Such were the objects the inhabitants of these islands were accustomed to supplicate; and to appease or avert the anger of which, they devoted not only every valuable article they possessed, but murdered their fellow-creatures, and offered their blood. Human victims were sacrificed to Taaroa, Oro, and several others. The eye was presented to the king. The natives state, that they regarded the eye as the organ or emblem of power. It has been supposed, that the circumstance of the priests' offering the eye, the most precious part of the victim, to the king, who appeared to eat it, indicated their having formerly devoured the men they had sacrificed. I do not regard this fact as affording any very strong evidence, although I have not the least doubt that the inhabitants of several of the South Sea Islands have eaten human flesh.
From the many favourable traits in their character, we have been unwilling to believe they had ever been cannibals; the conviction of our mistake page 358 has, however, been impressed by evidence so various and multiplied, as to preclude uncertainty. Their mythology led them to suppose, that the spirits of the dead are eaten by the gods or demons; and that the spiritual part of their sacrifices is eaten by the spirit of the idol before whom it is presented. Birds resorting to the temple, were said to feed upon the bodies of the human sacrifices, and it was imagined the god approached the temple in the bird, and thus devoured the victims placed upon the altar. In some of the islands, “man-eater” was an epithet of the principal deities; and it was probably in connexion with this, that the king, who often personated the god, appeared to eat the human eye. Part of some human victims were eaten by the priests.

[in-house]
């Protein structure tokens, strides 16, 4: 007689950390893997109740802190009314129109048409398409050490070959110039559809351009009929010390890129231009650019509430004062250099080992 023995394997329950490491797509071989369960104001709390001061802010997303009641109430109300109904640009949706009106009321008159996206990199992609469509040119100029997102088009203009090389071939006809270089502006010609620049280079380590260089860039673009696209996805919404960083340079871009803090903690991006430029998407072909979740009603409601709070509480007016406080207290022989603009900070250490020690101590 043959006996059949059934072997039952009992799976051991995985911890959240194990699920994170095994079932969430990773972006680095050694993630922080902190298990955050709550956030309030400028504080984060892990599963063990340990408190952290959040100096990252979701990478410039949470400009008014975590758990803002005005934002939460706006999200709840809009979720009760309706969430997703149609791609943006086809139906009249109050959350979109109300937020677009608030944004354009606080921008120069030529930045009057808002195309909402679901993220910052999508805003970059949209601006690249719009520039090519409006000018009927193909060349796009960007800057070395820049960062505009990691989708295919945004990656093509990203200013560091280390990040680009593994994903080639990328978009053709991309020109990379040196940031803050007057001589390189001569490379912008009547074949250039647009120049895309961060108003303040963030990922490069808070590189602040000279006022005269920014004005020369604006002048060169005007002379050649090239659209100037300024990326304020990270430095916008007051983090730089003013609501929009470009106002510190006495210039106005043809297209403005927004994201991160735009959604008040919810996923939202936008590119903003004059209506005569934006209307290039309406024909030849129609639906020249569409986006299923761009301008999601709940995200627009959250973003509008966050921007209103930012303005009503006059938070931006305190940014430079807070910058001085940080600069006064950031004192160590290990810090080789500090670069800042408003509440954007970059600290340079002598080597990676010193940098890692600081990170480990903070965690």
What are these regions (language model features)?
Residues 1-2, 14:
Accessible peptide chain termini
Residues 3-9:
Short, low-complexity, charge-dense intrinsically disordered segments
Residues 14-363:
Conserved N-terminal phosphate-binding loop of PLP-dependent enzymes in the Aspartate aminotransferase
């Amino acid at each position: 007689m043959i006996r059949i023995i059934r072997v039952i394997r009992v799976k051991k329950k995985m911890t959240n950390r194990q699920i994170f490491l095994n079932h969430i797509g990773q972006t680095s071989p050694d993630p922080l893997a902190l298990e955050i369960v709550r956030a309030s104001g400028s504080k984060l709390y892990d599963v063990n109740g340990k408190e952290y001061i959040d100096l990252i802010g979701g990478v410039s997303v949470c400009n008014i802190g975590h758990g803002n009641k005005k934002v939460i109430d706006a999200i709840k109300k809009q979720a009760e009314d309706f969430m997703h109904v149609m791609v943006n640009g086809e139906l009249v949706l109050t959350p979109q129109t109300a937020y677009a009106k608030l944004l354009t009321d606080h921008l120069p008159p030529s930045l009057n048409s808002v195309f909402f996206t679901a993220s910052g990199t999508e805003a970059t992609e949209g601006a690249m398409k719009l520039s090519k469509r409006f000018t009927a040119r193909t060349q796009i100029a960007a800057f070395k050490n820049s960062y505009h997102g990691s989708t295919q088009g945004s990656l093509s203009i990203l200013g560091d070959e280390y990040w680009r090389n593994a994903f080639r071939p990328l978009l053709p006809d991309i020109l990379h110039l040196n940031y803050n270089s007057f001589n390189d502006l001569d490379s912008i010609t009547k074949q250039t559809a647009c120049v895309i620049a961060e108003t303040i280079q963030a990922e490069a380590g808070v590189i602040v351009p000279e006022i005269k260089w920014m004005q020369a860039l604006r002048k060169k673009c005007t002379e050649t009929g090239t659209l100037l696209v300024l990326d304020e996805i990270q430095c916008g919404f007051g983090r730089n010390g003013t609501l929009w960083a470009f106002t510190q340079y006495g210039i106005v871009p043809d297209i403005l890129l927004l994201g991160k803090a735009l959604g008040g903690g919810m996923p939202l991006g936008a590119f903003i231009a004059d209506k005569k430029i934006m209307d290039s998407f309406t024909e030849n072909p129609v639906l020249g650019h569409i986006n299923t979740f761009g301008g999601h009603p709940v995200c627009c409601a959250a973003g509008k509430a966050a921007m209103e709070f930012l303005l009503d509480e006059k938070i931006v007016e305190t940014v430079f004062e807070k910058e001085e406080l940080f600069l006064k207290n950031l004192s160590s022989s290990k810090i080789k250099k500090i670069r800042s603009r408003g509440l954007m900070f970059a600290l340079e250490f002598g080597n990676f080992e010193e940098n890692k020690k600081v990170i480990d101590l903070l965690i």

The Marquesians are known to be cannibals; the inhabitants of the Palliser or Pearl Islands, in the immediate neighbourhood of Tahiti, to the eastward, are the same. A most affecting instance of their anthropophagism is related by recent visitors; who state that a captive female child, pining with hunger, on begging a morsel of food from the cruel and conquering invaders of her native island, received a piece of her own father's flesh!
The bodies of prisoners in war, or enemies slain in battle, appear to have been eaten by most of the Hervey Islanders, who reside a short distance to the west of the Society group. There were several inducements to this horrid practice. The New Zealanders ate the bodies of their enemies, that they might imbibe their courage, &c. Hence, they exulted in their banquet on a celebrated warrior; supposing that, when they had devoured his flesh, they should be imbued with his valiant and daring spirit. I am not certain that this was the page 359 motive by which the eastern Polynesians were influenced, but one principal design of their wars was to obtain men to eat. Hence, when dwelling in their encampment, and clearing the brushwood, &c. from the place in which they expected to engage the enemy, they animated each other to the work in the following terms, “Clear away well, that we may kill and eat, and have a good feast to-day.” To “kill and eat,” was the haughty warrior's threat; and to be “killed and eaten,” the dread of the vanquished and the exile. In the island of Rarotogna, they cut off the heads of the slain, piled them in heaps within the temple, and furnished the banquet of victory with their bodies.